When it rains on urban areas the rainfall runoff is transported out of the city via the drainage system. Frequently, the drainage system cannot handle all the rain water, which results in problems like flooding or overflows into natural water bodies. To reduce these problems the systems are equipped with basins and automated structures that allow for a large degree of control of the systems, but in order to do this optimally it is required to know what is happening throughout the system. For this task models are needed, due to the large scale and complex nature of the systems. The physically based, distributed urban drainage models (DUDMs) are the most detailed models available of the urban drainage system. They contain a virtual replica of the main parts of the hydraulic system and can therefore potentially be used to estimate the hydraulic conditions anywhere in the system. In order to produce useful estimates of the conditions in the system the models are highly dependent on the rainfall data used as model forcing. The rainfall estimates from raingauges as well as weather radar are, however, very uncertain for the spatial and temporal scale required for urban runoff simulations. This is especially so for the convective events of the summer. Therefore a method was developed for adjusting radar rainfall estimates using raingauge measurements in areas with an existing dense network of raingauges. The result was much improved rainfall estimates, which proved good enough to allow quantitative overflow modelling. As with raingauge data the acquisition of online radar data is an economic expense and therefore it is necessary to be able to prioritise whether to invest in one or the other. In a theoretical study the impact of choosing one type of rainfall data over the other for models that are being updated from system measurements was studied. The results showed that the fact alone that it takes time for rainfall data to travel the distance between gauges and catchments has such a big negative effect on the forecast skill of updated models, that it can justify the choice of even very uncertain radar data over raingauge data. Rainfall estimates will never be perfect and nor will the models. Therefore model estimates will continue to be uncertain. The uncertainty within the models can be reduced by means of data assimilation (DA) that correct the models based on comparisons between model estimates and system observations. The only current existing operational DA method for DUDMs is the Mouse Update tool, which works by correcting the water levels locally in the model at the observed sites. In a case study this simple DA tool proved to have some ability to improve downstream flow forecasts when it was used to update the water level in multiple upstream basins. This method is, however, not capable of utilising the spatial correlations in the errors to correct larger parts of the models. To accommodate this a method was developed for correcting the slow changing inflows to urban drainage systems that relate to infiltrating water. The method works by estimating a linearised version of the model response, which is used to control the correction by the DA scheme in such a way that model stability is ensured without dampening the correction more than necessary. A case study showed that this method can significantly improve a DUDMs forecast ability when a large part of the runoff from a catchment comes from infiltrating water. The proposed method is computationally efficient since it does not require additional model simulations. The method is, however, limited to adjusting the inflow to the hydrodynamic model and is not capable of updating the water levels in pipes and basins explicitly. The statistical data assimilation method the Ensemble Kalman Filter (EnKF) was investigated as a tool to update all the state variables in a DUDM. The method was tested in synthetic experiments as well as in a real data case study. The results confirmed that the method is indeed suitable for DUDMs and that it can be used to utilise upstream as well as downstream water level and flow observations to improve model estimates and forecasts. Due to upper and lower sensor limits many sensors in urban drainage systems (and elsewhere) do not measure the quantity they are observing continuously. A new method was developed for utilising this kind of range-limited observations better when using the EnKF. The method works by counteracting the ensemble in spreading into to observable range when the lack of observations indicate that the quantity is outside this range. Synthetic experiments using a linear reservoir cascade model showed that the method can significantly improve model forecasts when observations frequently are outside the observable range. An experiment with a simplified DUDM showed that the method is suitable for assimilating range-limited water level observations from an overflow structure. This thesis contributes some important stepping stones towards the online usage of physically based, distributed urban drainage models for both estimation and forecasting purposes. Provided that a good model exists for an urban area with weather radar data coverage, the principles are now outlined for synthesising most of the data from the system into an online model.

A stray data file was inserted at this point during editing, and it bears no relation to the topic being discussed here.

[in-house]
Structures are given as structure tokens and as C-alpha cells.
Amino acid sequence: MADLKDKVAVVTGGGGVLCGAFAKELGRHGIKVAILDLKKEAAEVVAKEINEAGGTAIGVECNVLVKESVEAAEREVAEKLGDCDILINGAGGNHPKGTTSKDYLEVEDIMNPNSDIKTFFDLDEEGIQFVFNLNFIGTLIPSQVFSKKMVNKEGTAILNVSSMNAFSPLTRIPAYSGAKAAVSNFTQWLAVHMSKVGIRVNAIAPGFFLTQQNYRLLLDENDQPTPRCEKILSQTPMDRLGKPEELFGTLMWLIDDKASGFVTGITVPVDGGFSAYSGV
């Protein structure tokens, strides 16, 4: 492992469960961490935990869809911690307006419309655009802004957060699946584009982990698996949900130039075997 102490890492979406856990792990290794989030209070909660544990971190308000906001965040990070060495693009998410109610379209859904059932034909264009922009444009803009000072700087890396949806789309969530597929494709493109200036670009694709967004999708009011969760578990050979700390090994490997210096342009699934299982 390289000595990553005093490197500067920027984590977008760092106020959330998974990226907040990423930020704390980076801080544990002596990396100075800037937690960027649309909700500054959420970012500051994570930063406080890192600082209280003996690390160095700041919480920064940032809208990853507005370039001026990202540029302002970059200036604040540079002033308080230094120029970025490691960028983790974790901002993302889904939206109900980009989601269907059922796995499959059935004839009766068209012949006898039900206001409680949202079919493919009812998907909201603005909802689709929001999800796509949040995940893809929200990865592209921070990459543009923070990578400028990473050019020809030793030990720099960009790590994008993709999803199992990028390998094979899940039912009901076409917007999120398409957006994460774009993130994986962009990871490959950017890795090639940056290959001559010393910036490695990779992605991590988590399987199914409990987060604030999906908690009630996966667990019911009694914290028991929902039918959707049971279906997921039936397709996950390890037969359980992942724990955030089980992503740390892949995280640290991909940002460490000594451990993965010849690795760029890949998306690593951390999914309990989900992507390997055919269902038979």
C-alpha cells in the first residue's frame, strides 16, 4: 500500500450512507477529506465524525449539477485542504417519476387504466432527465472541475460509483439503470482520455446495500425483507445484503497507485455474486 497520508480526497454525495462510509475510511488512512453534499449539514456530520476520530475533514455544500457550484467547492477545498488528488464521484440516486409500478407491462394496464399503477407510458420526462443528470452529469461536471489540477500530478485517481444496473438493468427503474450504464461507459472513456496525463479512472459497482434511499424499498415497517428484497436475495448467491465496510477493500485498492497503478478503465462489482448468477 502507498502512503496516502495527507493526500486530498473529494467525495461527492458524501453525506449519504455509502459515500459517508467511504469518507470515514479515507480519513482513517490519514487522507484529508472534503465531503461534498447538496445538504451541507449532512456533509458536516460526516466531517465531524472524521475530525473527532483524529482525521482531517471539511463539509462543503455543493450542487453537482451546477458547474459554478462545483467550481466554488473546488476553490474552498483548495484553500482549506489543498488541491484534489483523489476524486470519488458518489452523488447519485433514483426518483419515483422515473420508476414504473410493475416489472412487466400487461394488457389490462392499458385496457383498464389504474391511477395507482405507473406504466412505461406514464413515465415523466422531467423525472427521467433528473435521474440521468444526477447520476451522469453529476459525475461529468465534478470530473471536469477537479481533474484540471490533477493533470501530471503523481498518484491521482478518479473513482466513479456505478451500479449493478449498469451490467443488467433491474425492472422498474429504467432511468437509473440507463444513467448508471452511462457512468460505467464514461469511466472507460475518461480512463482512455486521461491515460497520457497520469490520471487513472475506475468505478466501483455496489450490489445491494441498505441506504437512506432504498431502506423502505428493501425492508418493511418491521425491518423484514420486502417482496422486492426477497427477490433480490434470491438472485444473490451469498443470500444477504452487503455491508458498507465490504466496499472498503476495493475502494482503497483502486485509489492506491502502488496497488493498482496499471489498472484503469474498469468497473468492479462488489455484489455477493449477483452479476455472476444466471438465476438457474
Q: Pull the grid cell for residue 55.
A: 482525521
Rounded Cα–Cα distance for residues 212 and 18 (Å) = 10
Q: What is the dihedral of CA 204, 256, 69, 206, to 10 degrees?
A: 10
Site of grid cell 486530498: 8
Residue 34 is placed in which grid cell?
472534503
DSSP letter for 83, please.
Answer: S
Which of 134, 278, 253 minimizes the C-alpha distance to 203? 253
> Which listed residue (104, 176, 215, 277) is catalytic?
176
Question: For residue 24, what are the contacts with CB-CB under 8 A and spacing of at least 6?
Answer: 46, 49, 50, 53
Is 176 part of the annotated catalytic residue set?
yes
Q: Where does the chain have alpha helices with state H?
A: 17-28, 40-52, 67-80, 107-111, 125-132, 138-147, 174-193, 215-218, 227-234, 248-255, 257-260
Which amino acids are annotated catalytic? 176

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Mikkelsen, Peter Steen, Grum, Morten
Department of Environmental Engineering, Technical University of Denmark (DTU), 2014